Durham University Collections
There are three museums at Durham University: the Oriental Museum, the Museum of Archaeology and the Castle Museum.
The Oriental Museum
boasts a huge range of artworks and archaeological artefacts from the great cultures of northern Africa and Asia; there are more than 32,000 objects, ranging in date from prehistory to the present day. The Ancient Egyptian and Chinese collections hold ‘Designated Status’ in recognition of their national and international importance.
The Museum of Archaeology
is largely focused on the archaeology of North East England but the collection also includes national and international artefacts. Much of the collection was excavated by members of Durham University’s Department of Archaeology and is accompanied by detailed archival material.
The Castle Museum
is part of the Durham UNESCO World Heritage Site and holds collections relating to the history of Durham Castle, the Prince Bishops, and University College, as well as oil paintings, tapestries, arms and armour, silver, crockery, and furniture.
Palace Green Library
houses the Durham University Archives and Special Collections. There are:
- Over 70,000 books printed before 1850 including 300 incunables
- Over 100 Medieval manuscripts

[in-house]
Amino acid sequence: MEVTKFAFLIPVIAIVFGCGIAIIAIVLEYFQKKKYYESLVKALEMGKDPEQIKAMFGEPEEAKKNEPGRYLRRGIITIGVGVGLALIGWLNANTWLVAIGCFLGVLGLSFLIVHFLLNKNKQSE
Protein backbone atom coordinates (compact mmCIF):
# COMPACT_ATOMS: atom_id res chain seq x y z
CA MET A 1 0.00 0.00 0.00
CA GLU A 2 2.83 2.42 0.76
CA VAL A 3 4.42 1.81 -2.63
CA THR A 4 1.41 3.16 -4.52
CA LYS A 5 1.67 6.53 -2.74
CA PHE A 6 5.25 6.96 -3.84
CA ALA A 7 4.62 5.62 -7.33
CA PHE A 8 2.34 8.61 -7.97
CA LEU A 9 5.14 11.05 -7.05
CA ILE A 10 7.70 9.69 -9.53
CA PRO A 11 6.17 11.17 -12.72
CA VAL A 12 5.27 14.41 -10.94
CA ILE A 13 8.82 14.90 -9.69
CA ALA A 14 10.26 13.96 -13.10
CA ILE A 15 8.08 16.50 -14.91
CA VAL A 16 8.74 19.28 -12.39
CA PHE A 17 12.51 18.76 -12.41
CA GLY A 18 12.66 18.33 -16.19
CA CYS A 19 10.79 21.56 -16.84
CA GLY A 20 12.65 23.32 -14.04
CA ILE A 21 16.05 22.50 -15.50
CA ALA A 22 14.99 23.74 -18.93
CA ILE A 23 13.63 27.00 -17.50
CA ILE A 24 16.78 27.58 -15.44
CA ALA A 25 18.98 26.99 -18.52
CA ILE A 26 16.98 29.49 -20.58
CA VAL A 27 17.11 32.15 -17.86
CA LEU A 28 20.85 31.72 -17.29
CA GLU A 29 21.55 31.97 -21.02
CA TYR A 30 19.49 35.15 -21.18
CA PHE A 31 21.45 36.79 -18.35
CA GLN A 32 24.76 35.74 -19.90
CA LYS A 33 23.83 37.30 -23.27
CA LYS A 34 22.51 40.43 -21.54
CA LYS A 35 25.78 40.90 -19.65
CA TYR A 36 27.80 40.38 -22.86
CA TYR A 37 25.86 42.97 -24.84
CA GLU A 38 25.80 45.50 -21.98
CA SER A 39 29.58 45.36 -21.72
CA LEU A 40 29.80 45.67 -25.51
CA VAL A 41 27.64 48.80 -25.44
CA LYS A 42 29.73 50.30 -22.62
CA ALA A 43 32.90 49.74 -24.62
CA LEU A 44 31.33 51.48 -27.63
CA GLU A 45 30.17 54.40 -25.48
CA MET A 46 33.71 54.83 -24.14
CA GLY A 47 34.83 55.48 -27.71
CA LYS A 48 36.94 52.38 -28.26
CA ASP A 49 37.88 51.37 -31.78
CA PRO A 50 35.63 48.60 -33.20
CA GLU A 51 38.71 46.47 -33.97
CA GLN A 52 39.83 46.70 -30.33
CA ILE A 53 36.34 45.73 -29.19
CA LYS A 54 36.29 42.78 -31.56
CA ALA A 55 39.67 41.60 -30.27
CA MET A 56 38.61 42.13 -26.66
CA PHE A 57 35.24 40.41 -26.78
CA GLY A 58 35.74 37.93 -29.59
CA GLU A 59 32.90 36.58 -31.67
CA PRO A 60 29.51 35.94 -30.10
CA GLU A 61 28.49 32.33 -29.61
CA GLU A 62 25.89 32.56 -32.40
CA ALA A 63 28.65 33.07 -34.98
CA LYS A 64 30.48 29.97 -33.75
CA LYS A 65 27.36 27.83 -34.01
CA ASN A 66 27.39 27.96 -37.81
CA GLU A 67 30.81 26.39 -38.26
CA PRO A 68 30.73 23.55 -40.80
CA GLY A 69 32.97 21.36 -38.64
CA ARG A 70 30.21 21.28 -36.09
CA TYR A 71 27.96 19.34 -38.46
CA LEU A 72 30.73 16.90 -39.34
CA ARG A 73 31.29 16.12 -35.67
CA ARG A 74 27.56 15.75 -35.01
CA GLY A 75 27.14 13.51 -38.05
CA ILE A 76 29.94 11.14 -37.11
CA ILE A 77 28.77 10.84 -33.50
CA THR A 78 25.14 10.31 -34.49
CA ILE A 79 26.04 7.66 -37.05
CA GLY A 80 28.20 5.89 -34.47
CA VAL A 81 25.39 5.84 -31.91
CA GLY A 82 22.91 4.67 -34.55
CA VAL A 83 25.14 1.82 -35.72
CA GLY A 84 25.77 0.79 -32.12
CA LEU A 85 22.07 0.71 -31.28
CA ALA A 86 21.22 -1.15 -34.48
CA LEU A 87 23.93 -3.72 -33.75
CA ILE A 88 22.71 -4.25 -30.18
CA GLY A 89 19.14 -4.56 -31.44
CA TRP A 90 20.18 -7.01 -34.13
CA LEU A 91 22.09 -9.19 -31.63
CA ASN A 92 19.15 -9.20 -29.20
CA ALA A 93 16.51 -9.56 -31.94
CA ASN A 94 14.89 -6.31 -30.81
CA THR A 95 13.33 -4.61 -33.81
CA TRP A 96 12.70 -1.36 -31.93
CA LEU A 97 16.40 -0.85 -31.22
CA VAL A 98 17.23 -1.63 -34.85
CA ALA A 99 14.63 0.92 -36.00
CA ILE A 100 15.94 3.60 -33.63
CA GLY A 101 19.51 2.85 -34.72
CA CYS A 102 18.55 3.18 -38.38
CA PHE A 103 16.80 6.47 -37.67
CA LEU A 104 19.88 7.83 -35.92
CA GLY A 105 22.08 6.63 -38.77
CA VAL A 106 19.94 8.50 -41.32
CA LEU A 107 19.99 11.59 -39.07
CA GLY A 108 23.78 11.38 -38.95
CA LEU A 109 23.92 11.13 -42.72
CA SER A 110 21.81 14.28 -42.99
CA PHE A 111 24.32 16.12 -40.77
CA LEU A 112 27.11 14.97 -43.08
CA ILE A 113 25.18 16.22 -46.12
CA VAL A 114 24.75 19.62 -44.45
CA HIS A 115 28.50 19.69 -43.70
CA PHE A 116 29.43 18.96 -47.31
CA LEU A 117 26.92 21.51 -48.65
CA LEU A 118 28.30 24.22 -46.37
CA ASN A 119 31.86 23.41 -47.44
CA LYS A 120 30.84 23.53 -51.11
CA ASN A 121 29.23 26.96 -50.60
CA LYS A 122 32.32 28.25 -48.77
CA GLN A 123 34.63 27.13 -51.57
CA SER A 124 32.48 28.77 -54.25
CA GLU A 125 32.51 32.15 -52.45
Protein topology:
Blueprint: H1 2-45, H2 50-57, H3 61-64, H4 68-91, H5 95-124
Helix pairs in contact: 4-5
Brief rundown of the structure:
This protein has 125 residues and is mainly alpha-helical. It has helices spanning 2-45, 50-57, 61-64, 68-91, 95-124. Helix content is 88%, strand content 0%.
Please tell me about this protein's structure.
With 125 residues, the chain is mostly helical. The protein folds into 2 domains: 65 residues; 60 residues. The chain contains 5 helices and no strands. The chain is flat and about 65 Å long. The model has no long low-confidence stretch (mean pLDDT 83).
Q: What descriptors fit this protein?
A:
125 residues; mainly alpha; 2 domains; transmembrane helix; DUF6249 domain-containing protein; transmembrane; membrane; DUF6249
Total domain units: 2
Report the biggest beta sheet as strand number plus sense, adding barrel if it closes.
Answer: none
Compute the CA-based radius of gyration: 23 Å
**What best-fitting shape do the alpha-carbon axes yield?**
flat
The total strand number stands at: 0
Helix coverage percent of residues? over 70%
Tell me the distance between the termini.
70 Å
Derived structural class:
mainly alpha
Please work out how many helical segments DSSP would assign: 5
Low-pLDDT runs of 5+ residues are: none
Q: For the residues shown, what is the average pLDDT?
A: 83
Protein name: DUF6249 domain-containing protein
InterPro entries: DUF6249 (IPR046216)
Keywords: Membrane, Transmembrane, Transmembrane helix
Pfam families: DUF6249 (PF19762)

- 3,400 metres of archives and artefacts
- Over 30,000 maps and prints and 100,000 photographs
Palace Green Library also houses three family libraries of significant historical interest: the Cosin Library, the Bamburgh Library and the Routh Library.
Durham University is home to a collection of around 6000 Western Art works, largely from the twentieth and twenty-first centuries, and is especially strong in print-based work. The collection has been built up over an extended time period but particularly so in the last five years. It features work by some of the twentieth century’s most significant and prolific artists.
I greatly enjoyed the panels I saw at @ResearchDurham conf the past two days. @ElizabethCBiggs discussed an interesting copy of the Malleus Maleficarum held at Durham, while @EilishGregory revealed the extent of letters/material held at Ushaw concerning 18thC recusancy in Britain
Had a fantastic time at @ResearchDurham conference in Durham. Was great to see familiar faces and meet new ones and to hear a vast array of papers across a long time period. I will probably try and sum up a few papers I heard tomorrow. Until then: https://t.co/xcdF6Debtu